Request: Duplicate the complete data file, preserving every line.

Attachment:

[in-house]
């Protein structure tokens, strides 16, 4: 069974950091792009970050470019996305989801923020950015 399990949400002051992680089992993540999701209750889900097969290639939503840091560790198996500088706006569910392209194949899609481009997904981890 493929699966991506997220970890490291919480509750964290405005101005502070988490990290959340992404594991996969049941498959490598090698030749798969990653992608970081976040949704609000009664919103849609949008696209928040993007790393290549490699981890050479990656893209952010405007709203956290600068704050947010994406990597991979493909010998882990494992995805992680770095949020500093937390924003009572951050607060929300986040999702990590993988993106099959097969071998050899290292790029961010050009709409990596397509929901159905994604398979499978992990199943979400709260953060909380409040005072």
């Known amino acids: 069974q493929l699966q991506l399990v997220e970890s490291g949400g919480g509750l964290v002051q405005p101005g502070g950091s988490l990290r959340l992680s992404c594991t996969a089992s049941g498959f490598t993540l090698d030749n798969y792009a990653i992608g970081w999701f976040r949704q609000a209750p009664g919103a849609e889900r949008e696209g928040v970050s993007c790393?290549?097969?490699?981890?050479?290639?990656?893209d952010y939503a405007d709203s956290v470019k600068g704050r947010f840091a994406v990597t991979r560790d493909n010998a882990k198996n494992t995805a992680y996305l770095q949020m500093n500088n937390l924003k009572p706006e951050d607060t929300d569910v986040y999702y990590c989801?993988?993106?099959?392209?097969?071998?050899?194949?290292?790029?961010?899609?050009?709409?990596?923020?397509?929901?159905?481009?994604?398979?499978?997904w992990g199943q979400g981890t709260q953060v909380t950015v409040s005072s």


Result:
[in-house]
């Protein structure tokens, strides 16, 4: 069974950091792009970050470019996305989801923020950015 399990949400002051992680089992993540999701209750889900097969290639939503840091560790198996500088706006569910392209194949899609481009997904981890 493929699966991506997220970890490291919480509750964290405005101005502070988490990290959340992404594991996969049941498959490598090698030749798969990653992608970081976040949704609000009664919103849609949008696209928040993007790393290549490699981890050479990656893209952010405007709203956290600068704050947010994406990597991979493909010998882990494992995805992680770095949020500093937390924003009572951050607060929300986040999702990590993988993106099959097969071998050899290292790029961010050009709409990596397509929901159905994604398979499978992990199943979400709260953060909380409040005072």
């Known amino acids: 069974q493929l699966q991506l399990v997220e970890s490291g949400g919480g509750l964290v002051q405005p101005g502070g950091s988490l990290r959340l992680s992404c594991t996969a089992s049941g498959f490598t993540l090698d030749n798969y792009a990653i992608g970081w999701f976040r949704q609000a209750p009664g919103a849609e889900r949008e696209g928040v970050s993007c790393?290549?097969?490699?981890?050479?290639?990656?893209d952010y939503a405007d709203s956290v470019k600068g704050r947010f840091a994406v990597t991979r560790d493909n010998a882990k198996n494992t995805a992680y996305l770095q949020m500093n500088n937390l924003k009572p706006e951050d607060t929300d569910v986040y999702y990590c989801?993988?993106?099959?392209?097969?071998?050899?194949?290292?790029?961010?899609?050009?709409?990596?923020?397509?929901?159905?481009?994604?398979?499978?997904w992990g199943q979400g981890t709260q953060v909380t950015v409040s005072s």